Along the Saramacca River in central Suriname live the Matawai people. They are descendants of Africans who escaped slavery in the 17th and 18th centuries by fleeing into the jungles and fighting for their freedom.
In the rainforest, the survival of the Matawai has always depended on an intimate knowledge of their territories. Place-based stories can help a people remember where food or resources can be found, or where dangers lie hidden. More importantly for the Matawai, the stories reinforce their cultural and spiritual connection to their territory, which makes them want to safeguard it. But the stories are in danger of dying out as many younger Matawai leave their forest homes to work in the city or in gold mines.
Since our inception, we have worked with communities to reconnect the threads that join one generation to another, so that the process of knowledge transmission can continue. In the course of collaboratively mapping the Saramacca River in the past few years, we discovered that the Matawai elders have stories connected with hundreds of locations throughout their territory. When plotted on a map, the stories create a multi-dimensional representation of the Matawai experience, past and present.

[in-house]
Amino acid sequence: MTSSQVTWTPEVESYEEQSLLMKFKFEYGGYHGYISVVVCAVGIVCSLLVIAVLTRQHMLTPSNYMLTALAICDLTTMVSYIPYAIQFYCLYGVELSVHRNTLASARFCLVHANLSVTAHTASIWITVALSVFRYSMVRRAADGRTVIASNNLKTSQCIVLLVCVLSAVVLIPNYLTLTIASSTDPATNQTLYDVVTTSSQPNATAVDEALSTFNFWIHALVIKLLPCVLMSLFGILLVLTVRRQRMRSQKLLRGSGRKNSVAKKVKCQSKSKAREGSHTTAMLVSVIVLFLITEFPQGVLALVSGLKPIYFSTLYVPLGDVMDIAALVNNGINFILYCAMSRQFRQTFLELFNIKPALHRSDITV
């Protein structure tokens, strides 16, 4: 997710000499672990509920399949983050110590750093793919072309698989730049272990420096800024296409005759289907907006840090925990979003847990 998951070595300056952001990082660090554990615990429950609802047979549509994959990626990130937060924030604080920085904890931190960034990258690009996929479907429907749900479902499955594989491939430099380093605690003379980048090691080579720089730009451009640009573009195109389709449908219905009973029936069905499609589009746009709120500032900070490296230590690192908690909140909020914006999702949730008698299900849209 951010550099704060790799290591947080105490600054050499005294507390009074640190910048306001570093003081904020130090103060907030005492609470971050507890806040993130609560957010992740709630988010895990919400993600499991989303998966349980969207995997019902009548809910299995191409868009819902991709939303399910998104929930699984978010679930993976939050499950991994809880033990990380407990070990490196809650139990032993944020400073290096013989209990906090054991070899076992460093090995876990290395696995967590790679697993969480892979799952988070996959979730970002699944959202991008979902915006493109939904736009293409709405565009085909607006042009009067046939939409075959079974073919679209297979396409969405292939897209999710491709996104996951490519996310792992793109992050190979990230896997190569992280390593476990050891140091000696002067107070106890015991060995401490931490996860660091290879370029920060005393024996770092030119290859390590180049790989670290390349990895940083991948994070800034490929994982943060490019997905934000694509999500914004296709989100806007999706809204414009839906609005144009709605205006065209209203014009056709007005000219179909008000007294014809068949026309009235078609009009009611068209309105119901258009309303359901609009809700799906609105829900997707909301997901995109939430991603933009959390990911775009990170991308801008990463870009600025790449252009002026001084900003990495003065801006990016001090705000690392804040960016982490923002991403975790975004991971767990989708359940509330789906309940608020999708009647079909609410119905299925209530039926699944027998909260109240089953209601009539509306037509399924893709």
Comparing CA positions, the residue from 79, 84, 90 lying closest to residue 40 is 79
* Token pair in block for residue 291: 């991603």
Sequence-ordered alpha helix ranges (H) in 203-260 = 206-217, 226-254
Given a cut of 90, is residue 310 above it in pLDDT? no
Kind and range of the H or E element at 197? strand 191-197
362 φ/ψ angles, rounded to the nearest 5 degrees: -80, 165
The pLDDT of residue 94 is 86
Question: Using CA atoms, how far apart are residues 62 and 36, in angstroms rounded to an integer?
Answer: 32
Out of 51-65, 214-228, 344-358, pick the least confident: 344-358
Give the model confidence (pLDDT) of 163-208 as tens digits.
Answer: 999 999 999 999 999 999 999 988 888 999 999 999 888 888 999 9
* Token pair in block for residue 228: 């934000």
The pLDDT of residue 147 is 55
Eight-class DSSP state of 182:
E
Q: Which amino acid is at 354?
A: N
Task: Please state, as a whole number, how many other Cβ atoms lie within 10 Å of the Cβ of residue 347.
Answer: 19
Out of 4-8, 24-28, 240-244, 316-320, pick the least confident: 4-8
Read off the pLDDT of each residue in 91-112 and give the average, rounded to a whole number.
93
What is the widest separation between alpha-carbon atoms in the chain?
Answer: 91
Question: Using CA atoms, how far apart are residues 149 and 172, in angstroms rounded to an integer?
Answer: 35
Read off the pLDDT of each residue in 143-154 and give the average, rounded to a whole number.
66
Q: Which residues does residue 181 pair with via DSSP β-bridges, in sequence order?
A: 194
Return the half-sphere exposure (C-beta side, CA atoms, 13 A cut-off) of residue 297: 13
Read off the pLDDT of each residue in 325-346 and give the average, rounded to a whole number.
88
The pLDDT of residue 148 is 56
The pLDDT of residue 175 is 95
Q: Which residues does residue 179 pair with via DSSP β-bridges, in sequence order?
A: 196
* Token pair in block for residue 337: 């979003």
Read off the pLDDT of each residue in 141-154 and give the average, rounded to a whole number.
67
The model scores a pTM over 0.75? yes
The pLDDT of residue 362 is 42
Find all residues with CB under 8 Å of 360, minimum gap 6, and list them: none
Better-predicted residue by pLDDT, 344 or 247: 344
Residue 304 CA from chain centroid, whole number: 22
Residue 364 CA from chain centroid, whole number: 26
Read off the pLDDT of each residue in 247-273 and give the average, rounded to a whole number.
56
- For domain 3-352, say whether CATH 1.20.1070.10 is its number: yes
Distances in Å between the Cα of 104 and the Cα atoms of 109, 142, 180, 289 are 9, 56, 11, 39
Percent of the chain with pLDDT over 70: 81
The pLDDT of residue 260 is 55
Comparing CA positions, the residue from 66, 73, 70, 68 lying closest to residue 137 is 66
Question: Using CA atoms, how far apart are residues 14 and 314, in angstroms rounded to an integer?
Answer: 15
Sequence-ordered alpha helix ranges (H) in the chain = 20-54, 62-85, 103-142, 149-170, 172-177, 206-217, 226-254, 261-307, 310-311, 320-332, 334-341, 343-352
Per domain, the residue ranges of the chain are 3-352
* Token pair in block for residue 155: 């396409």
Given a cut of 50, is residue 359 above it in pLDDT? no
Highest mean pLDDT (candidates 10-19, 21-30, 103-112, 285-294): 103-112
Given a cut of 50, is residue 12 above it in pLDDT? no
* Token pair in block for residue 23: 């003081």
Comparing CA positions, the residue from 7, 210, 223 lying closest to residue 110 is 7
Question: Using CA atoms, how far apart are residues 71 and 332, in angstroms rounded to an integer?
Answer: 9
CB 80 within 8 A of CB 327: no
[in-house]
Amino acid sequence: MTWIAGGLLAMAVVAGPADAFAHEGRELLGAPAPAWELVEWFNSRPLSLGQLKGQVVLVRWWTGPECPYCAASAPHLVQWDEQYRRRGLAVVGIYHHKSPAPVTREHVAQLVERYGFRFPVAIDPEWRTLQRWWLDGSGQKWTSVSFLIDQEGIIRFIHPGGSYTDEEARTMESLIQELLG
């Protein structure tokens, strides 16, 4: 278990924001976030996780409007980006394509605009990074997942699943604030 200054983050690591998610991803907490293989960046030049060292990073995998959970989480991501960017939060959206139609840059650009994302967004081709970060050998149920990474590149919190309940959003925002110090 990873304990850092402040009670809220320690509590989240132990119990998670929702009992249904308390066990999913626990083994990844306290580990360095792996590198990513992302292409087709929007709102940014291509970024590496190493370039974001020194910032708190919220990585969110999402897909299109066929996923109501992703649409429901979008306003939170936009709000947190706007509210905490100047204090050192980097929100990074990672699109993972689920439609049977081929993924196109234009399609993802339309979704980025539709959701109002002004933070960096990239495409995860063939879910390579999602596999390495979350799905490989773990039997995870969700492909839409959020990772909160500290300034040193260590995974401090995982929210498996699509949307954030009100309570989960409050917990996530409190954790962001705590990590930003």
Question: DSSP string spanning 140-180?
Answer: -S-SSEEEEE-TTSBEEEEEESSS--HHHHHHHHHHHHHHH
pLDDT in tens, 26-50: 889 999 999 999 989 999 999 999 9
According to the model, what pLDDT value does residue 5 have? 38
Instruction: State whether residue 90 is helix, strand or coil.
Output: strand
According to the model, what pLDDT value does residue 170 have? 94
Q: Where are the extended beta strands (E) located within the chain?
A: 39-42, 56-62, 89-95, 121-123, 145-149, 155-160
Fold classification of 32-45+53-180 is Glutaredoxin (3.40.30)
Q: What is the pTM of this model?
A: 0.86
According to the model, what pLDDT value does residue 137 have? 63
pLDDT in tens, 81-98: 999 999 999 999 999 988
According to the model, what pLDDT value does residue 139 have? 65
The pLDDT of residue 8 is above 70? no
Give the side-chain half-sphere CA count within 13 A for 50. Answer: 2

We have created an interactive, multimedia map-based portal that connects locations to the important stories that enrich the map with cultural and historical information, and preserve these vital stories for generations to come.
To do achieve this, we teamed up with a local Matawai community organization Stichting voor Dorpsontwikkeling Matawai to train young Matawai to record the stories of their elders on video. And, together with our technology partner Mapbox and a team of volunteer developers from Ruby for Good, we developed a customized geo-storytelling application called Terrastories (terrastories.io).
Terrastories brings the latest in digital mapping technology offline by installing and running Mapbox tools on local computers in Matawai villages, so that the Matawai can experience the full capabilities of interactive maps without needing internet connectivity.
Once piloted with the Matawai, Terratories will be released as open-source software so that other communities and organizations around the world can adapt it to map their own place-based storytelling traditions.
By using our overlapping strategies of Land, Livelihoods, and Governance, together we are protecting and strengthening the Saramacca River, its surrounding lands, and its guardians.
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